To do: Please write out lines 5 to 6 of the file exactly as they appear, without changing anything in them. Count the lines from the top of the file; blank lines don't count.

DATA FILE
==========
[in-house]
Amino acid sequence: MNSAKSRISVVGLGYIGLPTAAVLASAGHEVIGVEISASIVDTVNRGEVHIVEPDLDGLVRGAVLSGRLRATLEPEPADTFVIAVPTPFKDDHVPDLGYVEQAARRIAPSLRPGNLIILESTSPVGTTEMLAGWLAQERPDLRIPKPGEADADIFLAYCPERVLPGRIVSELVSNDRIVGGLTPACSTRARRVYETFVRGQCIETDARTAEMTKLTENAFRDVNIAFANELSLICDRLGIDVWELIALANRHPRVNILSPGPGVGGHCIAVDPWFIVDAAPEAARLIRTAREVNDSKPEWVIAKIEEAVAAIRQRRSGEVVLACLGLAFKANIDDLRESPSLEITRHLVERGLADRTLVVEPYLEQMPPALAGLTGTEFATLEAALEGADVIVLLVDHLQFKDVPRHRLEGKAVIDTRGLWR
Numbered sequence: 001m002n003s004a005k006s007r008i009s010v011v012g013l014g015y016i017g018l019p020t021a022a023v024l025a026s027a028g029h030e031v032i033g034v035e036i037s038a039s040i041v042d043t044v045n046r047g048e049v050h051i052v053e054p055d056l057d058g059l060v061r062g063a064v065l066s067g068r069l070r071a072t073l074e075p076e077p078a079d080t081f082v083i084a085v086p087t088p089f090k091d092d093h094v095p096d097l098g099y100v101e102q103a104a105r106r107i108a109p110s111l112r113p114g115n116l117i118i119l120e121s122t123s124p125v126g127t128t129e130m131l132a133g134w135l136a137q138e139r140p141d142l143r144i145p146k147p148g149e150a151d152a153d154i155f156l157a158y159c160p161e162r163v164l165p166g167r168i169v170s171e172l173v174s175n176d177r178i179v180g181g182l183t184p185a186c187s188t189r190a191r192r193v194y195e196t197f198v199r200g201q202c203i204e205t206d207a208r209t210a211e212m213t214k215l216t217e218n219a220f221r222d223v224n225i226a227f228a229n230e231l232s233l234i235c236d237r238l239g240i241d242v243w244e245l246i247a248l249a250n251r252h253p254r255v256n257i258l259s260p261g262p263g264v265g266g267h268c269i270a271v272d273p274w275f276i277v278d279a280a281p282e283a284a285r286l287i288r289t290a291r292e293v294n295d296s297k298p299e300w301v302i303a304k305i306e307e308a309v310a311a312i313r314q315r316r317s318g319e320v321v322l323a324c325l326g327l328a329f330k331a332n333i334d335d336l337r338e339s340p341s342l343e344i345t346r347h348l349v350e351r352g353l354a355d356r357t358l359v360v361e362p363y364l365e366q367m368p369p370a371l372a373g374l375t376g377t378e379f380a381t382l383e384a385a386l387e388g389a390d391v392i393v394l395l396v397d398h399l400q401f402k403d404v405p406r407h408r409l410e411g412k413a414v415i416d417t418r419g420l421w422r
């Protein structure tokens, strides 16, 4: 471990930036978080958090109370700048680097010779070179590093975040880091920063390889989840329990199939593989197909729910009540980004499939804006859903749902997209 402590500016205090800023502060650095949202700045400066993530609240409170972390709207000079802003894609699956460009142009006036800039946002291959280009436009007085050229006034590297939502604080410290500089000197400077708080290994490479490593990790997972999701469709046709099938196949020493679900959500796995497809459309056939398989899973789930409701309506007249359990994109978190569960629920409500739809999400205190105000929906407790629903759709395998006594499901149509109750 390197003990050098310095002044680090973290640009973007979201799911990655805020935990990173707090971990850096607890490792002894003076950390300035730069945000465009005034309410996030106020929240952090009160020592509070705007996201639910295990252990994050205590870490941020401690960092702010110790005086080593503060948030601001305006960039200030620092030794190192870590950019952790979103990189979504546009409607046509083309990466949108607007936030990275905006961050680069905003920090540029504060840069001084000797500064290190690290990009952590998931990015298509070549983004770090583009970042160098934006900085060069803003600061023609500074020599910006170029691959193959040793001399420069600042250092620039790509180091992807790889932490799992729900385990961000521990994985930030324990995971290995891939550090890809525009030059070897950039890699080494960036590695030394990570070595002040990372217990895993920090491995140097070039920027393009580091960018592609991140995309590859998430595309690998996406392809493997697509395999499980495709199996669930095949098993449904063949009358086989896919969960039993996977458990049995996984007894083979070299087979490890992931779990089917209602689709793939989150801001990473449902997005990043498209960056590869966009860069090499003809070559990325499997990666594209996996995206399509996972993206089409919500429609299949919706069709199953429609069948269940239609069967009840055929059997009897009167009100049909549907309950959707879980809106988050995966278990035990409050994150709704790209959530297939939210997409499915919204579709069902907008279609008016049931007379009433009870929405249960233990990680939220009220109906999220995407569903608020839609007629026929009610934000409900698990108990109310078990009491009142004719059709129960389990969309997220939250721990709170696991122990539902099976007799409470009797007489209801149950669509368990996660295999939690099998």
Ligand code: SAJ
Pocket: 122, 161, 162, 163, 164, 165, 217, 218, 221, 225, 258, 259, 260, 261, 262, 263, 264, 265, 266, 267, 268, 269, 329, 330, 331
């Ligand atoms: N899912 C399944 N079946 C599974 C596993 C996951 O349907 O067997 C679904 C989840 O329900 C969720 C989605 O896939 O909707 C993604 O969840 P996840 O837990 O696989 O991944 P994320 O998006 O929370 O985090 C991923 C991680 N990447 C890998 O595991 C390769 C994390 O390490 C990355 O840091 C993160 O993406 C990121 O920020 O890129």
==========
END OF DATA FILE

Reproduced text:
Ligand code: SAJ
Pocket: 122, 161, 162, 163, 164, 165, 217, 218, 221, 225, 258, 259, 260, 261, 262, 263, 264, 265, 266, 267, 268, 269, 329, 330, 331